Chennai, INDIA, 1999

Computational complexity of many natural algorithmic problems are, in a sense, nicely understood. Either they have efficient (polynomial time) solutions or they are shown to be complete for some natural complexity class. But, many computational problems arising from group theory defy such classification. On the one hand, the exponential size of their solution space prevents them from having polynomial time algorithms. On the other hand the inherent structure in them makes reductions to these problems difficult.

In this thesis, we try to understand the complexity of many group theoretic problems by investigating their counting complexity.

This thesis consists of two parts. In Chapter 4, which comprises the
first part, we study the complexity of three basic computational
group-theoretic problems over black-box groups. The problems are
Membership Testing, Order Verification and Isomorphism Testing. These
are computational problems for which no polynomial-time algorithms
exist. We show that these problems, over * solvable * black-box
groups, are in the counting class SPP. The proof of this result is
built on a constructive version of the fundamental theorem of finite
abelian groups. The class SPP is known to be * low * for many
counting classes. Since it is unlikely that the class NP is low for
these counting classes, these upper bounds give evidence that these
problems are unlikely to be hard for NP.

In the second part of the thesis we study the problem of computing a
generator set of an * unknown * group, given a membership
testing oracle for the group. Because of the close relation of this
problem with concept learning, we study this problem in the framework
of learning theory. In Chapter 5, for analyzing the complexity of
learning, we introduce a new model of exact learning called the *
teaching assistant * model. This model can be seen as an
enhancement of Angluin's exact learning model. The main ingredient of
this model is the notion of a teaching assistant which acts as an
intermediate agent between the learner and the teacher. This leads to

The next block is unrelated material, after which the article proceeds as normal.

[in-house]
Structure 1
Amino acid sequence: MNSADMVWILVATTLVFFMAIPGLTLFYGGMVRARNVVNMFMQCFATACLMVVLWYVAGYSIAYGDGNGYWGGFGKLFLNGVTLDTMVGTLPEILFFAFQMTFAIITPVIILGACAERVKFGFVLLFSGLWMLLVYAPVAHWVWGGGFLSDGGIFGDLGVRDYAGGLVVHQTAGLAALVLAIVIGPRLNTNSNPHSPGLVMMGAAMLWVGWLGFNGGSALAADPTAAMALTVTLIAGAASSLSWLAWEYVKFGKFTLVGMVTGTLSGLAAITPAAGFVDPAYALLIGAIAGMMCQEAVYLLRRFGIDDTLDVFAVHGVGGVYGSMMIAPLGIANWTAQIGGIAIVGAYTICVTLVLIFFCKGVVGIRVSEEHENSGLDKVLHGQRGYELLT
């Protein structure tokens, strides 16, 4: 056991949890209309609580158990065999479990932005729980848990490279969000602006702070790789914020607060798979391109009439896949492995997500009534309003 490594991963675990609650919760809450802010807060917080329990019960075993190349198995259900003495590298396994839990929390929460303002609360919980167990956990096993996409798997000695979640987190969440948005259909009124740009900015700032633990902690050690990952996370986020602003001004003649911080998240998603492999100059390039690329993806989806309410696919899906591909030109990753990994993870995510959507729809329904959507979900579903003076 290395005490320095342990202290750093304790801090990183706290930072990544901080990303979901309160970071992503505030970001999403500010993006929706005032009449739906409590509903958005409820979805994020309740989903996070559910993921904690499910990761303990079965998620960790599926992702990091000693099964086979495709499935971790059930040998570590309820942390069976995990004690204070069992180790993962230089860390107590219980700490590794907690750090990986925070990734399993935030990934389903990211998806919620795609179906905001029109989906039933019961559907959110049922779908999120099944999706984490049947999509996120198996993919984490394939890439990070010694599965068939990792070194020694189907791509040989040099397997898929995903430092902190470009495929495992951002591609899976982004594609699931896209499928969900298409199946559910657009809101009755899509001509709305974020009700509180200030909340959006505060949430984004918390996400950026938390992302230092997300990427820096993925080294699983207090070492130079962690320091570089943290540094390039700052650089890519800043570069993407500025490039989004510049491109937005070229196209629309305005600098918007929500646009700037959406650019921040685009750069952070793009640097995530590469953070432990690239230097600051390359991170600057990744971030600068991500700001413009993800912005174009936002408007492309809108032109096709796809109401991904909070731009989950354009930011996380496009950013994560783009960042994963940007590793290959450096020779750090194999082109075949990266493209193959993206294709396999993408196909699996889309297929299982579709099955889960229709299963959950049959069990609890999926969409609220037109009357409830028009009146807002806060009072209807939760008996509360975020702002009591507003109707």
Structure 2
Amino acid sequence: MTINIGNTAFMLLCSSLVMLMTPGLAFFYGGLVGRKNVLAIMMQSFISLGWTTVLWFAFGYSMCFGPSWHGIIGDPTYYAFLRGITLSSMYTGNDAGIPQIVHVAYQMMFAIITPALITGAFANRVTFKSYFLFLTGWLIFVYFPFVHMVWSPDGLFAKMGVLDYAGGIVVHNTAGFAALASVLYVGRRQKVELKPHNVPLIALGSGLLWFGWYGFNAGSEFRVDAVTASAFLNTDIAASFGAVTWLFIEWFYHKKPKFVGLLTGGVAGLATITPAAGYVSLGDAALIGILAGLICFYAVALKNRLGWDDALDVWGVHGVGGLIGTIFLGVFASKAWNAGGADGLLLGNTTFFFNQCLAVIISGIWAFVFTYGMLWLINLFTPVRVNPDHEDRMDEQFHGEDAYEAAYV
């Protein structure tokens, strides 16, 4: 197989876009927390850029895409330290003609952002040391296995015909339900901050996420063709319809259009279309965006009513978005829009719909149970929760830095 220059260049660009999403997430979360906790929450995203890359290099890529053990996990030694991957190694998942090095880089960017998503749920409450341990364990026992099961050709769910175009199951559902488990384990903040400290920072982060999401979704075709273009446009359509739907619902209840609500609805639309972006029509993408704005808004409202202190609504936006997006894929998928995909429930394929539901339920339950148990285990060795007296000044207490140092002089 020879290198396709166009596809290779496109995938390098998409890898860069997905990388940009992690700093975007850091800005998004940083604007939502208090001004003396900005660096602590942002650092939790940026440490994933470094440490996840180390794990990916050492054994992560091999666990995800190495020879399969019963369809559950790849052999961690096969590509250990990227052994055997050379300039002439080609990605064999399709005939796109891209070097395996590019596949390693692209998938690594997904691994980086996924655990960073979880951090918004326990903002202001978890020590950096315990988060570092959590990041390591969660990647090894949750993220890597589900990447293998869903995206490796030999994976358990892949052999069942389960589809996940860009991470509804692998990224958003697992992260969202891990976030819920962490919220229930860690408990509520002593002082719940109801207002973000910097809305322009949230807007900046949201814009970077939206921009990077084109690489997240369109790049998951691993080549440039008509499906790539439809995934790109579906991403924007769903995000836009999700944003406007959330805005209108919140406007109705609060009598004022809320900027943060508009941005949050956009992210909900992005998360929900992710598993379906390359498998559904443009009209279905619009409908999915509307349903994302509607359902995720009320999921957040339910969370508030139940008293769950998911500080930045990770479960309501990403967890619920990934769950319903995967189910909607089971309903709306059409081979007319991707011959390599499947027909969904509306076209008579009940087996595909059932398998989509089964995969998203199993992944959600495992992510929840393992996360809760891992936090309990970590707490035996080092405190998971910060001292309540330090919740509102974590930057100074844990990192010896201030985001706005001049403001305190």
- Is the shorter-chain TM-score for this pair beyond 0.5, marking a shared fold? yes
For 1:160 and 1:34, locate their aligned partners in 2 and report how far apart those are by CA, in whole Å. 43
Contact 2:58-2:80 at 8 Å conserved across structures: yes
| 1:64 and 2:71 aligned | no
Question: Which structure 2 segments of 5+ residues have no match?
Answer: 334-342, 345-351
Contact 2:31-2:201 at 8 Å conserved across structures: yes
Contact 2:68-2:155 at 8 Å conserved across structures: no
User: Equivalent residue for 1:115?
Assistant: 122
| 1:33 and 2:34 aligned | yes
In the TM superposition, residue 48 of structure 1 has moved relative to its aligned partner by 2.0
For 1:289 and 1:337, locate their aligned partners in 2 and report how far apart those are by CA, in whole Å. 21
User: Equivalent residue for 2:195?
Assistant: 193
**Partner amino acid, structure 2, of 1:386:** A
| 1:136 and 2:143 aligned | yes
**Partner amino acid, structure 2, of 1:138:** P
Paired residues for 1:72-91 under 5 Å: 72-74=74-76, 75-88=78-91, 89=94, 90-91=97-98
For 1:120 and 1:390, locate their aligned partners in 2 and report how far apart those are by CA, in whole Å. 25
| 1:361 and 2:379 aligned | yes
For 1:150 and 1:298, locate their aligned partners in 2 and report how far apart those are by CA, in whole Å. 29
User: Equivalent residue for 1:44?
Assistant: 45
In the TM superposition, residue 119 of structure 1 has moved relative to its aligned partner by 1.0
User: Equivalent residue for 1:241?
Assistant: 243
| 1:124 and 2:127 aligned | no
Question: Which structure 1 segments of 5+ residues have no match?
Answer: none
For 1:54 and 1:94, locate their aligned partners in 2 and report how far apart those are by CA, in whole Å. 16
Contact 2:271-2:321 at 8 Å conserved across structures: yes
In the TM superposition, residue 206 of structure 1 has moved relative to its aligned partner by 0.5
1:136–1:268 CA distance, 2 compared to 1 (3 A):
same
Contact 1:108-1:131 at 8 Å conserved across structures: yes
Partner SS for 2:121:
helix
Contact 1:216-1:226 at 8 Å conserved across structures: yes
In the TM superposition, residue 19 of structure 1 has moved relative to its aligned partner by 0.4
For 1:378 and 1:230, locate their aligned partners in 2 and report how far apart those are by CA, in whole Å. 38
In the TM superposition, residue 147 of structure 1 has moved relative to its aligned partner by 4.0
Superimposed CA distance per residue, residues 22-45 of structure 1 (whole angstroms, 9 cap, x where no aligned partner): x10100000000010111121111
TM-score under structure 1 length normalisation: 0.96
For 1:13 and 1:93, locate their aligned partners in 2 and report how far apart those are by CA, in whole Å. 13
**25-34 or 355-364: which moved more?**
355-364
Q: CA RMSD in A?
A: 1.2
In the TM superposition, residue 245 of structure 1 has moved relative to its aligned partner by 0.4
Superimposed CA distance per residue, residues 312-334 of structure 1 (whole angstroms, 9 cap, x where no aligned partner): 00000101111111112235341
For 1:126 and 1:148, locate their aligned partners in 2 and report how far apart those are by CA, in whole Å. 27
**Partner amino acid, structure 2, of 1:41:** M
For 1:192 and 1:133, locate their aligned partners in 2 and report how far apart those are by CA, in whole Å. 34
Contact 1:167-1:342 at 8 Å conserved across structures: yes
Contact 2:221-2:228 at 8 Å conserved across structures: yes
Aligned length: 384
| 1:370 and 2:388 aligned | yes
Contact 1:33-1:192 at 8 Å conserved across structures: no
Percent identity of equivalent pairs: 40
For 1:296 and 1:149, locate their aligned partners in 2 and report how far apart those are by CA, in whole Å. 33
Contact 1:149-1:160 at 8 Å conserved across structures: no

a notion of * teaching assistant classes * which are analogous
to complexity classes. The teaching assistant classes of main
interest to us are the ones analogous to the counting complexity
classes SPP and LWPP. In Chapter 5, after giving detailed definitions
of all the notions involved in this model, we study the complexity of
learning three representation classes in this model. These are the
classes SYM of permutation groups, LIN(p) of linear spaces over the
finite field of size p and the class 3-CNF of boolean functions
represented in conjunctive normal form where each clause has at most
three literals. We show that the class SYM is learnable with an
LWPP-assistant and LIN(p) is learnable with an SPP-assistant. On the
other hand, we also show that 3-CNF is not learnable with an
SPP-assistant (LWPP-assistant) unless NP is contained in SPP
(respectively, LWPP). These containments are
unlikely. Motivated by these results, in Chapter 6 we define more
assistant classes and prove absolute separations among these assistant
classes. For separating various assistant classes we use some natural
subclasses of the representation class SYM.

1. Introduction.2. Preliminaries.3. Computational Group Theory.4. Solvable Black-box Group Problems.5. Exact Learning via Teaching Assistants.6. Separating Teaching Assistant Classes.7. Conclusions.Bibliography and Appendix.